Stories

The IRE Resource Center is a major research library containing more than 27,000 investigative stories.

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Search results for "McClatchy" ...

  • Bribery Division

    The Bribery Division, an international investigation into Latin America’s largest construction company, reveals fresh evidence of hundreds of millions of dollars in suspicious payments linked to major infrastructure projects. Brazilian multinational Odebrecht has been implicated in a cash-for-contracts scandal that the U.S. Department of Justice has described as “the largest foreign bribery case in history.” The Bribery Division investigation unveils dramatic new information in taking readers inside the belly of the beast: Odebrecht’s Division of Structured Operations, a specialized unit created for the primary purpose of managing the company’s graft. A team of more than 50 journalists across the Americas, led by ICIJ, examined more than 13,000 Odebrecht documents from a secret communication platform used by the Structured Operations unit. The team’s sprawling expose revealed Odebrecht’s cash-for-contracts operation was even bigger than the company had acknowledged to prosecutors and had involved prominent figures and massive public works projects not mentioned in the criminal cases or other official inquiries to date.
  • McClatchy: Trump Fundraiser Foreign Ties

    Amid intense media scrutiny last year of the Trump administration's ties to foreign countries, McClatchy’s Washington Bureau was the first news outlet to report on how a top fundraiser for Trump’s 2016 presidential campaign and the Republican National Committee offered foreign politicians access to the Trump administration in the hopes of winning business from their countries. McClatchy’s initial report led the pack on months-worth of reporting by a number of outlets on Broidy's foreign efforts that ultimately contributed to his resignation from the RNC.
  • Fort Worth Star-Telegram: Spirit of Fear

    An eight-month investigation uncovered a pattern of sexual abuse, coverups and lack of accountability that involved more than 400 sexual misconduct allegations at nearly 200 independent fundamental Baptist churches and affiliated organizations across the country.
  • Irradiated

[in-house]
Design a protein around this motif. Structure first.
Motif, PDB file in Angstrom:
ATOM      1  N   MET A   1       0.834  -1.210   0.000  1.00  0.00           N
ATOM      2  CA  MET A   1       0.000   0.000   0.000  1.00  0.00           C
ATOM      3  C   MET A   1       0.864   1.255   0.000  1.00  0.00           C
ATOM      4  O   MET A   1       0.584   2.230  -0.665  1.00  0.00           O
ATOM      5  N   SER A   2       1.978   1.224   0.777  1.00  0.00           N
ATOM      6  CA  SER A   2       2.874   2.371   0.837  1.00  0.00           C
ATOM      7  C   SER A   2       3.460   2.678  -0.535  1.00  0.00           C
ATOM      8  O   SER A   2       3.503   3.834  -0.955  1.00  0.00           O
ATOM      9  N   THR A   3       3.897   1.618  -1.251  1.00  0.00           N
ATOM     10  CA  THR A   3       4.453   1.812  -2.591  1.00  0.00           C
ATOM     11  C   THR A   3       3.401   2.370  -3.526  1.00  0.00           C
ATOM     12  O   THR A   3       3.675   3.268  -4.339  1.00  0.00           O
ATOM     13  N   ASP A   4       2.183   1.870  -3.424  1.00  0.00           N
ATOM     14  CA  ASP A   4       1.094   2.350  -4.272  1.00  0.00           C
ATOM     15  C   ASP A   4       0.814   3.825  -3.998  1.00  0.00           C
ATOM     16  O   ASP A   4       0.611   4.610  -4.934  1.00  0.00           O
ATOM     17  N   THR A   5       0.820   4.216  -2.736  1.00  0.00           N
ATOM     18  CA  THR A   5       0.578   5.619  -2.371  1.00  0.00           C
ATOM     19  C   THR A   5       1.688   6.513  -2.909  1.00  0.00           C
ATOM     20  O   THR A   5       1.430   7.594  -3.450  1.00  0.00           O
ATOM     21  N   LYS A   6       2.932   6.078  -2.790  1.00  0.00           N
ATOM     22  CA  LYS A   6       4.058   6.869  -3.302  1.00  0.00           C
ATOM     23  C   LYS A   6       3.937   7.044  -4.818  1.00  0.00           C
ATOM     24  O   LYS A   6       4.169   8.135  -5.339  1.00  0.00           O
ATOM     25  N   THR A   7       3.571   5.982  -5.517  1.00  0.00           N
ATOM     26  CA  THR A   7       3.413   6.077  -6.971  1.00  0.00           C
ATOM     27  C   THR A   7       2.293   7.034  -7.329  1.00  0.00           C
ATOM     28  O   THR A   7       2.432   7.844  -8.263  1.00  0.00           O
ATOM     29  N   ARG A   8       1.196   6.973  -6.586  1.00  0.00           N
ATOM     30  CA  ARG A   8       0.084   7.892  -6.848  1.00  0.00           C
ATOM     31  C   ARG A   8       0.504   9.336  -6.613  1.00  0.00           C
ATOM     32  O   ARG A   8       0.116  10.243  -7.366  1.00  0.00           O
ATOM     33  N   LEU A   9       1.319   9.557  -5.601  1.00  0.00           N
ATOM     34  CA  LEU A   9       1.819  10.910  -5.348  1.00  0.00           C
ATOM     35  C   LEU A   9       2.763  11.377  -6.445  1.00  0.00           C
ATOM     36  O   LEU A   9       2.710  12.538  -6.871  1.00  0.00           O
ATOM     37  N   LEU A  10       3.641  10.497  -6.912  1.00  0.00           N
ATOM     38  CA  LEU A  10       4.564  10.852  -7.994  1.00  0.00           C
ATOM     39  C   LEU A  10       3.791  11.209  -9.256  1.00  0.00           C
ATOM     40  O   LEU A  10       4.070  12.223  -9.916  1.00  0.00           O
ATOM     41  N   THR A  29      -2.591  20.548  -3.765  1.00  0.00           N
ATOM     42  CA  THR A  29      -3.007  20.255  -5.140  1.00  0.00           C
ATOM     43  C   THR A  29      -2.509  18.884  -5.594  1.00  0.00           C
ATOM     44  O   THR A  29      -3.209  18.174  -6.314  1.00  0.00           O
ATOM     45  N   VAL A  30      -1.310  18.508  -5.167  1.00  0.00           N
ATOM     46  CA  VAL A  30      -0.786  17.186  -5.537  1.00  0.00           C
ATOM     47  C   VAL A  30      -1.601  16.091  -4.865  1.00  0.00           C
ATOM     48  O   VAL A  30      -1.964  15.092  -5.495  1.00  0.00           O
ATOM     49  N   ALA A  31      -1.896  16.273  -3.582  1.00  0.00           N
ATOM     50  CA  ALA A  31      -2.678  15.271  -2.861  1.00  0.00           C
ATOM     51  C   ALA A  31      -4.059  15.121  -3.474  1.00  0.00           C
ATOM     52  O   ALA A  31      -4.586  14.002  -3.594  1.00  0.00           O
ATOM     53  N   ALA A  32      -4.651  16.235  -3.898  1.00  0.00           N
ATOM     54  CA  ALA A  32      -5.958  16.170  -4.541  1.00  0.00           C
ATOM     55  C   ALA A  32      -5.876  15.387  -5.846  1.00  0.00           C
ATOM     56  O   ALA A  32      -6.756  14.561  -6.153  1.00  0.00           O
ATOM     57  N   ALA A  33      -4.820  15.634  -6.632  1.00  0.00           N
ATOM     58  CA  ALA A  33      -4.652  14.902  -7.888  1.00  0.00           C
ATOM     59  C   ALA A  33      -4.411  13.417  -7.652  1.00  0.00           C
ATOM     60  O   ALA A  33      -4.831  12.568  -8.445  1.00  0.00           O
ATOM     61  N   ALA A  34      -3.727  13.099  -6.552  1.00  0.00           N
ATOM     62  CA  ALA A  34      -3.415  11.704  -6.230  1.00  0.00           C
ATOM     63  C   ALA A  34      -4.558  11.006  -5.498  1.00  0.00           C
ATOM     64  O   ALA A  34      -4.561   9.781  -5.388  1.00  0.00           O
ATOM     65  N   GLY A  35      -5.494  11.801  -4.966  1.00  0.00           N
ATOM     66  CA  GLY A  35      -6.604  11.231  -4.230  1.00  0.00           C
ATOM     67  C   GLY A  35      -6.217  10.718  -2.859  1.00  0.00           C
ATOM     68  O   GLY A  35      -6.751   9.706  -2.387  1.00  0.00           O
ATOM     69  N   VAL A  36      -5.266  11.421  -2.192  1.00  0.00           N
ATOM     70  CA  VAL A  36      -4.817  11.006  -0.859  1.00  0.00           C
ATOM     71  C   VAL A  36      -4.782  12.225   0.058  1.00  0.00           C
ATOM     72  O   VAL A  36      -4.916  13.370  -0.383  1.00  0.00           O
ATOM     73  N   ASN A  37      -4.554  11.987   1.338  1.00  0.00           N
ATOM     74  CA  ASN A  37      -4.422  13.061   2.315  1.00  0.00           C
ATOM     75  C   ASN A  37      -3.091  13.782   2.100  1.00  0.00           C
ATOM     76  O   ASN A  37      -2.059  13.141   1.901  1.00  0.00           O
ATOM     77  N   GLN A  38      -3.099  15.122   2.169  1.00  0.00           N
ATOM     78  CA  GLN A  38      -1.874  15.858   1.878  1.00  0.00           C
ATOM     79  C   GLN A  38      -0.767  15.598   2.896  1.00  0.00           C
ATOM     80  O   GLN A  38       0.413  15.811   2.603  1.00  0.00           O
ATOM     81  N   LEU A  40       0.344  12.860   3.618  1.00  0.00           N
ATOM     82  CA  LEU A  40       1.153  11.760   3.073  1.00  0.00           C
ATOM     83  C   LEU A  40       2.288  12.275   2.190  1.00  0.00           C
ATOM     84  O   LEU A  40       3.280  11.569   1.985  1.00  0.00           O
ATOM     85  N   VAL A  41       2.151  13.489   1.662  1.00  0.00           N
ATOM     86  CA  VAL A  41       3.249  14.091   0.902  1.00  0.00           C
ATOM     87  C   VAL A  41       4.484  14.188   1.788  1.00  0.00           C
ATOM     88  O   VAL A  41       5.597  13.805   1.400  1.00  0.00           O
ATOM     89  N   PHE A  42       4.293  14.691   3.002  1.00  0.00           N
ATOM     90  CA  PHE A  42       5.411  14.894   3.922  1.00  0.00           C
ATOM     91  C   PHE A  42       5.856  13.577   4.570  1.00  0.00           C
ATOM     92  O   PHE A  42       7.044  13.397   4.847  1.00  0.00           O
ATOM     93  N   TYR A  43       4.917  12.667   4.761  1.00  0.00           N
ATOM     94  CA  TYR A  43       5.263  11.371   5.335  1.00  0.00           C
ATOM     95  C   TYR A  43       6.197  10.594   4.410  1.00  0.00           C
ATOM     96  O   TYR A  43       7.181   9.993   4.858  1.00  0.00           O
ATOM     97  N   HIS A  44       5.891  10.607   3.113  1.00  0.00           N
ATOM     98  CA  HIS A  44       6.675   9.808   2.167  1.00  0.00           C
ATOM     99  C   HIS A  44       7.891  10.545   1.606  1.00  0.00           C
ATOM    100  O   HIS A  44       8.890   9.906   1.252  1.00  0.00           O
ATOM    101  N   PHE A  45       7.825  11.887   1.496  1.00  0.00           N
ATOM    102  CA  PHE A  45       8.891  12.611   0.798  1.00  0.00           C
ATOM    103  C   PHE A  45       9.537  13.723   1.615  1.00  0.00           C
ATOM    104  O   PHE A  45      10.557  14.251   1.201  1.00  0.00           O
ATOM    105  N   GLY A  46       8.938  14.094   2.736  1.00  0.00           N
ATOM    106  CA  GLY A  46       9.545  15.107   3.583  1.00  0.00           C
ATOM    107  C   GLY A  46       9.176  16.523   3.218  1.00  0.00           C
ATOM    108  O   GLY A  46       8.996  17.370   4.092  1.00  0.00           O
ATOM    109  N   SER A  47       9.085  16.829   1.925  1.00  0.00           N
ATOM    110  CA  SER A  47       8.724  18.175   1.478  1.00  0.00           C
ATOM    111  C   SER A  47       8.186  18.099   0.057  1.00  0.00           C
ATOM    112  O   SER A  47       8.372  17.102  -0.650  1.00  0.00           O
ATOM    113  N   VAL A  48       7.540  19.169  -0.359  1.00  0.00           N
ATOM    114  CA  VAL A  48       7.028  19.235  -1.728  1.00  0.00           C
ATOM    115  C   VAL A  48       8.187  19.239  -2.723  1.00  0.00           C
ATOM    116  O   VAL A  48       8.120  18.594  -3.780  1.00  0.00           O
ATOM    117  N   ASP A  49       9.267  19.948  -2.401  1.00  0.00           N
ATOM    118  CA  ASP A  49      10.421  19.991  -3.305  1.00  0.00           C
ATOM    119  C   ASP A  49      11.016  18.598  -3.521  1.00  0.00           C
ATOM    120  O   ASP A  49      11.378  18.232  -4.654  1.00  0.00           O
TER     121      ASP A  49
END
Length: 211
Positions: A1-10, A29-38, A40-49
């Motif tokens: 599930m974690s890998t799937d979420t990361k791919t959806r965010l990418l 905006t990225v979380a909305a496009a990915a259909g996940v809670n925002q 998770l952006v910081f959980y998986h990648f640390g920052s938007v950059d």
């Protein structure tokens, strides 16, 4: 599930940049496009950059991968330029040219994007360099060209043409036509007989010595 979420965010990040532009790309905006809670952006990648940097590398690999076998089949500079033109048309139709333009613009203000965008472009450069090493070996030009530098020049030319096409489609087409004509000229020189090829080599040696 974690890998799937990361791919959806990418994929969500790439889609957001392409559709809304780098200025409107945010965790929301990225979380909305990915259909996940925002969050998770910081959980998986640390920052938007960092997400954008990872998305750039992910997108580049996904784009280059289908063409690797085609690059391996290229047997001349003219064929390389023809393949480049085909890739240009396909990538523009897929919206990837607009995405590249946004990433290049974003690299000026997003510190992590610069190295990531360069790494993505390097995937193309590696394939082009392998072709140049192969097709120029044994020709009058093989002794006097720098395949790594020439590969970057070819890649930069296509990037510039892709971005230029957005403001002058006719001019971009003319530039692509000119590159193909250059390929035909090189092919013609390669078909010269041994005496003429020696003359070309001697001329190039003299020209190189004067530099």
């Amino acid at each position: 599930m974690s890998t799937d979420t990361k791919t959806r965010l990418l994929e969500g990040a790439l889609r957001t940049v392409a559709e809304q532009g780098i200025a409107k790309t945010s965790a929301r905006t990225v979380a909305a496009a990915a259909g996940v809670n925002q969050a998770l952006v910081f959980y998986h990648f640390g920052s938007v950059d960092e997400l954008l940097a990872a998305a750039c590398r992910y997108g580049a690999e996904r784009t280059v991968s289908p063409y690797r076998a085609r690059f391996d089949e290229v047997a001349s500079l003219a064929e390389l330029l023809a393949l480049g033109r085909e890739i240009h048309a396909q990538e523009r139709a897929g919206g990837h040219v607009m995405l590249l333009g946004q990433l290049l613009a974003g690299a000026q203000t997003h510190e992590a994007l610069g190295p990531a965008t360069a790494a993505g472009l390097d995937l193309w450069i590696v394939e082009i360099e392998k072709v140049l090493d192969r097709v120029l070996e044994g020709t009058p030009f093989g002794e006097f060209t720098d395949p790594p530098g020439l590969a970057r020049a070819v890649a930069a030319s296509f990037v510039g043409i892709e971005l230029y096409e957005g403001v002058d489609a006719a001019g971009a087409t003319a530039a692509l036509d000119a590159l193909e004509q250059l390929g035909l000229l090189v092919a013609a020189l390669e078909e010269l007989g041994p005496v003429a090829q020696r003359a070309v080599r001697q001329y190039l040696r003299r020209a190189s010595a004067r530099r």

McClatchy reported for the first time that the push to win the Cold War left a legacy of death on American soil: At least 33,480 former nuclear workers who received compensation are dead. The death toll is more than four times the number of American casualties in the wars in Afghanistan and Iraq.
  • Clinton’s emails: A political tempest or criminal act

    McClatchy produced a series of stories that revealed new information about Clinton’s correspondence and computer server, offered analysis that put the controversy into greater context and devoted the time to more fully examine the released emails.
  • Contract to Cheat

    Contract to Cheat told an overlooked and poorly understood story of a construction industry dominated by companies willing to cheat on the backs of laborers and honest competitors. Using payroll records submitted for federally funded projects, reporters in eight McClatchy papers, the company's D.C. bureau and ProPublica examined the extent of the problem and exposed the government regulators who let it happen.
  • Spies versus Congress: A Constitutional Crisis over Torture

    McClatchy’s reporting first exposed and then detailed multiple efforts by the CIA and White House to thwart the Senate Intelligence Committee’s investigation into the agency’s use of torture, including CIA intrusions into the committee’s computers, in the most serious clash over congressional oversight of intelligence operations in decades. Other McClatchy reporting revealed the startling, top-secret conclusions of the committee's five-year, $40 million investigation eight months before the public release of the report's declassified executive summary.
  • Contract to Cheat

    McClatchy Newspapers is proud to submit "Contract to Cheat" for consideration in the Philip Meyer Journalism awards "Contract to Cheat" relied upon federal payroll records submitted by private companies building public projects. The records enabled reporters to estimate the lost tax revenue associated with the illegal practice of treating workers who should be employees as independent contractors. Tens of thousands of pages of payroll records formed the backbone of our report, while the construction workers and company owners listed on the reports allowed us to capture the human impact of the labor scheme. Wrestling the records into usable and compelling data was a significant - though worthwhile - challenge for McClatchy staff.
  • Guantanamo: Beyond the Law

    After the release of many detainees at the prison in Guantanamo Bay, reporters at McClatchy set out to track down as many freed prisoners as possible to see what had become of them. Who were the men imprisoned in this facility? Why were they detained? How had they been treated? This series explores these questions and found out a majority of the prisoners were there based on faulty evidence or testimony. They were not even involved in the terrorist attacks.
  • Politicizing the Justice Department

    McClatchy's Washington Bureau found that "White House political operatives had intervened in the firing of nine U.S. Attorneys." In their places, were appointed attorney's who agreed with the administrations.